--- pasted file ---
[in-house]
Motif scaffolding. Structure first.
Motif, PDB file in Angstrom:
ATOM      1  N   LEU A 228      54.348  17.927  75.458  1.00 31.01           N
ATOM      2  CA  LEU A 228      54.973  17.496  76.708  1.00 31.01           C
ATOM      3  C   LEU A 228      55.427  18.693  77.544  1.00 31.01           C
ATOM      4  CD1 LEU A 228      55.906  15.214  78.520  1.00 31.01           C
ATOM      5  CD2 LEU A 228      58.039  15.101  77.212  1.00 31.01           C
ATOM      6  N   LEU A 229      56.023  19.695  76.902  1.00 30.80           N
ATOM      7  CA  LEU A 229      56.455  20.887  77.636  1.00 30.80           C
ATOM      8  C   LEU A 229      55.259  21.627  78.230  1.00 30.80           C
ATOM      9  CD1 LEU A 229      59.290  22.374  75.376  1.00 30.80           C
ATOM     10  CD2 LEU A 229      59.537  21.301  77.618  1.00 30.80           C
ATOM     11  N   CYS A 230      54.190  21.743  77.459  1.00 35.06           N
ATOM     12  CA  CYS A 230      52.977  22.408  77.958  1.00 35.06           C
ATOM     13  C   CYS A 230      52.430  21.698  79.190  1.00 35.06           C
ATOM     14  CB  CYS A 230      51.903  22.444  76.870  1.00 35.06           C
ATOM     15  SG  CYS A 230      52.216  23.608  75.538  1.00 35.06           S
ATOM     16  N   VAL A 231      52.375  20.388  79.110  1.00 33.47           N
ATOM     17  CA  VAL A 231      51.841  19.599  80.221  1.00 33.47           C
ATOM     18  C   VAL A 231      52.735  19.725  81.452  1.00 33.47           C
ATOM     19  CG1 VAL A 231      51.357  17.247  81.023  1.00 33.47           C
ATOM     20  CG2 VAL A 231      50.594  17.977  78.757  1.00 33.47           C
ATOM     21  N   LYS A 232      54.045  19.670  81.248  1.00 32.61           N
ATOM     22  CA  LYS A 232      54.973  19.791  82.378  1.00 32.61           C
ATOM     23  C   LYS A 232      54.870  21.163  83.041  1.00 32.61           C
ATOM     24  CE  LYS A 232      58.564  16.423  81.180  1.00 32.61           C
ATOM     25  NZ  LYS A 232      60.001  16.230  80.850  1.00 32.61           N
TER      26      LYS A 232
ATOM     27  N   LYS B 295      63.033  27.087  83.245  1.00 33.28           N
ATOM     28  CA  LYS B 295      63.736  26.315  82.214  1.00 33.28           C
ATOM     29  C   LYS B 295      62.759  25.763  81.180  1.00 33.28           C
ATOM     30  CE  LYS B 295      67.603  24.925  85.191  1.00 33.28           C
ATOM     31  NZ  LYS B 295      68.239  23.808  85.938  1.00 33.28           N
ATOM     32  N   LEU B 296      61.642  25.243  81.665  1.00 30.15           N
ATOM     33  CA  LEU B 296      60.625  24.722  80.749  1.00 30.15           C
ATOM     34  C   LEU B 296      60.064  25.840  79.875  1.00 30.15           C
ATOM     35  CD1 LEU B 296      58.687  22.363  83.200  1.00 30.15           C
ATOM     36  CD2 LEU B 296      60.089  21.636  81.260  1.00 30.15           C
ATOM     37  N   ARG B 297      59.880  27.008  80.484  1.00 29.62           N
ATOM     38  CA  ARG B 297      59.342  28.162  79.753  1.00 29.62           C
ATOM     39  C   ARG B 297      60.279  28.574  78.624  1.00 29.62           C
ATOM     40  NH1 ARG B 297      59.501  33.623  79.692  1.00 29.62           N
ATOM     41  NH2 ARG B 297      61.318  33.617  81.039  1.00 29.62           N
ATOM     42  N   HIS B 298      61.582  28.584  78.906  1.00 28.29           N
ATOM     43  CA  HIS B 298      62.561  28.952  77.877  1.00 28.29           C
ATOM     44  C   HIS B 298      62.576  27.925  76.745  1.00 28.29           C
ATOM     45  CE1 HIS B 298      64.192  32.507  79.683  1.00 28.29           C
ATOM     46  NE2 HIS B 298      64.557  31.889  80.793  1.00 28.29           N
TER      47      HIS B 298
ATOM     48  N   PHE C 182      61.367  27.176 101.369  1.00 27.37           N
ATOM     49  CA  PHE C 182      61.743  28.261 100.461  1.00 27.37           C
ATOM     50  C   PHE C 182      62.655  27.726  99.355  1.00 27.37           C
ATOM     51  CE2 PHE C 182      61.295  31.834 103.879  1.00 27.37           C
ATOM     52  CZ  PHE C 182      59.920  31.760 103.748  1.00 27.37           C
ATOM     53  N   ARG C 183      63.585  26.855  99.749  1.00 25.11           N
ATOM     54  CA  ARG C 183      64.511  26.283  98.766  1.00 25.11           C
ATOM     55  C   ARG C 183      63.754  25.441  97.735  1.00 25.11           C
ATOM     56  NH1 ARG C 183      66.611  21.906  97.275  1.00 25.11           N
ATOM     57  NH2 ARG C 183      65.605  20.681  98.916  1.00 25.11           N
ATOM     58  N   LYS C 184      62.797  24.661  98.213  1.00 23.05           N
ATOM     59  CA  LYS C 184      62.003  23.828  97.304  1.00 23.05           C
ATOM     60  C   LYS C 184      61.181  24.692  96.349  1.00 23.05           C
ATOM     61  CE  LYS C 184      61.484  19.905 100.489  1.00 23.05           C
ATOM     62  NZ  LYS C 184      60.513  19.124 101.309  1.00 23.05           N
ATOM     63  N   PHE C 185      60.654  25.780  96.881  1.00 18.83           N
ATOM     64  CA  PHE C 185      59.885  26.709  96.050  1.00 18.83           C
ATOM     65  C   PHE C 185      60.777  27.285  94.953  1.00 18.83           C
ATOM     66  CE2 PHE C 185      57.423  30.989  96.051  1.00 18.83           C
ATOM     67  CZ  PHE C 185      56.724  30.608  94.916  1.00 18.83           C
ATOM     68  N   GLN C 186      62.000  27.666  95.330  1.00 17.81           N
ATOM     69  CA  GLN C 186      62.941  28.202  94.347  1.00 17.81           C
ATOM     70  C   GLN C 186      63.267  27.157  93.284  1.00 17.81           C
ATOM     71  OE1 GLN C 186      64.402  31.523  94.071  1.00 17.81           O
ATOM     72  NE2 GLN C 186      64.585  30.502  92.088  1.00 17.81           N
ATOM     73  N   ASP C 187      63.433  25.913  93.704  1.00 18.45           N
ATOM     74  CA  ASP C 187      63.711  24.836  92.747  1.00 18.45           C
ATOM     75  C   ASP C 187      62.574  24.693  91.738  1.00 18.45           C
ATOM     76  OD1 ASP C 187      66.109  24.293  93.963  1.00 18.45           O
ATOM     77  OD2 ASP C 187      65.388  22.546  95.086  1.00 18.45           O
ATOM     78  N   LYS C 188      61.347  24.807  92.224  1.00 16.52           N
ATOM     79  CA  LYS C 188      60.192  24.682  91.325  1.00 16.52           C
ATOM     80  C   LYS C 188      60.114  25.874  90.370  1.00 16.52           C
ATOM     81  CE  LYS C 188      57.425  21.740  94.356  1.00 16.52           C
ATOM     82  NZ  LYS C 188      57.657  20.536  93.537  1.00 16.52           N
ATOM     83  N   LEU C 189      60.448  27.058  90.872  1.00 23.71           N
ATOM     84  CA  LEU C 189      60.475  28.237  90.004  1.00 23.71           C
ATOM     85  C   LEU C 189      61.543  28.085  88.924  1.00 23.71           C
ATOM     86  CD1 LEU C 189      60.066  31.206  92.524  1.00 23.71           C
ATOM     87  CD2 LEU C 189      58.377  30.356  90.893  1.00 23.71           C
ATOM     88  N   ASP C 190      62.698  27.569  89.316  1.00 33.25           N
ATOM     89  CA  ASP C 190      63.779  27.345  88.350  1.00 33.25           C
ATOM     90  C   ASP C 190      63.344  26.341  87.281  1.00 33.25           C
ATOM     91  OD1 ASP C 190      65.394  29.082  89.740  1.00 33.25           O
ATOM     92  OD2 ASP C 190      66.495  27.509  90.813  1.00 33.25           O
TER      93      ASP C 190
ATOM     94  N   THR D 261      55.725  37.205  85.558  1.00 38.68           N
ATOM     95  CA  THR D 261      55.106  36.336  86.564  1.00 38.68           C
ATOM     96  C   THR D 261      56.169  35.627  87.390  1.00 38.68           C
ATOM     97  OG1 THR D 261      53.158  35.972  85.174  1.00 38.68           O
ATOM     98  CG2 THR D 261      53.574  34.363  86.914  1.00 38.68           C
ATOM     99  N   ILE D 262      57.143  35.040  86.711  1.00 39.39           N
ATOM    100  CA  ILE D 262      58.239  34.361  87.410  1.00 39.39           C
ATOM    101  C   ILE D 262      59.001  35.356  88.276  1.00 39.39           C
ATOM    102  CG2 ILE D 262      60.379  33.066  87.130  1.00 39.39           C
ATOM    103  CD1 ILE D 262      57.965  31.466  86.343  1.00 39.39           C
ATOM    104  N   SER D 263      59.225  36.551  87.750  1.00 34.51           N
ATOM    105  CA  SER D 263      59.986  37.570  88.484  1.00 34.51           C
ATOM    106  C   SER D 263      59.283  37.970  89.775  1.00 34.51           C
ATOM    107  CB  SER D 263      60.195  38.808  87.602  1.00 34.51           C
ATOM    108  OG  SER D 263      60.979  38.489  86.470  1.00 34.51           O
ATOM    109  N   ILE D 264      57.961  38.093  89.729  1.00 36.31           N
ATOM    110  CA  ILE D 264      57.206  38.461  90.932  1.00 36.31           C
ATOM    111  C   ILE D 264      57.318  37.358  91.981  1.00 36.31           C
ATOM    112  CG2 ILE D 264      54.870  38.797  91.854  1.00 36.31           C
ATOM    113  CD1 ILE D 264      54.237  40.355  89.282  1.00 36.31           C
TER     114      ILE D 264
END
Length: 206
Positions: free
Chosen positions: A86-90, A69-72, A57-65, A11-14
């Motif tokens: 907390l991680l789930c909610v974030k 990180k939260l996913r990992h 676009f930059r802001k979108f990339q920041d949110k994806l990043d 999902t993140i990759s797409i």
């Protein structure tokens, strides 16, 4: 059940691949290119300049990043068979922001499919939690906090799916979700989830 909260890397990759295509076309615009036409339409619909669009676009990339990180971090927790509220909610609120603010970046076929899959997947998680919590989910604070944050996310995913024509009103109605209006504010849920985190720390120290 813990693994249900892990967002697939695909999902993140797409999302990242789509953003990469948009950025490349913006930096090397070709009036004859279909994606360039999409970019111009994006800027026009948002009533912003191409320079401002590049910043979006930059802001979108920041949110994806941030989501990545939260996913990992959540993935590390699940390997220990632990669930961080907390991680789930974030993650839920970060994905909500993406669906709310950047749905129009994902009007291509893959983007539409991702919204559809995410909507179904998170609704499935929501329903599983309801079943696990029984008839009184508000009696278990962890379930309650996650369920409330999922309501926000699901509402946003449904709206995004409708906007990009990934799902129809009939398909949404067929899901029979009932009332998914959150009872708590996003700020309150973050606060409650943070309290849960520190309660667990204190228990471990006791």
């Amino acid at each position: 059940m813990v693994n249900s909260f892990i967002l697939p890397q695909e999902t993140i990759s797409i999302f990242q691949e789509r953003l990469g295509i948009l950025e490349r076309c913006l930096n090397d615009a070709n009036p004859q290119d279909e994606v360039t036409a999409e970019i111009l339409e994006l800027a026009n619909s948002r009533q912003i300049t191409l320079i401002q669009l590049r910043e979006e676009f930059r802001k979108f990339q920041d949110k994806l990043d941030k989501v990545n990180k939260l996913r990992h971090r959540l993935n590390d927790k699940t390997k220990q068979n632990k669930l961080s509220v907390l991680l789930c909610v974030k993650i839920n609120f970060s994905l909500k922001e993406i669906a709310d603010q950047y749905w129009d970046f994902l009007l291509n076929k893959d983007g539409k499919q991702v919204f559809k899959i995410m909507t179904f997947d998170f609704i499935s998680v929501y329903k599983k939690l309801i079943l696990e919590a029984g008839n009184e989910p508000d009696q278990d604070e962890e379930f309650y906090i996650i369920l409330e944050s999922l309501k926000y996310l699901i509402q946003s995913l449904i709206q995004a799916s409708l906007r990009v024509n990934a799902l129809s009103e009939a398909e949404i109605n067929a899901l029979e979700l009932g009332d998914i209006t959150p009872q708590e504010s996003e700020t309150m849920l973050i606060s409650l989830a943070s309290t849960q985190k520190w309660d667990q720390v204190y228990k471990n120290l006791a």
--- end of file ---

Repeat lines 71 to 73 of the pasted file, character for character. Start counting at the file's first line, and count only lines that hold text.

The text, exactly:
ATOM     68  N   GLN C 186      62.000  27.666  95.330  1.00 17.81           N
ATOM     69  CA  GLN C 186      62.941  28.202  94.347  1.00 17.81           C
ATOM     70  C   GLN C 186      63.267  27.157  93.284  1.00 17.81           C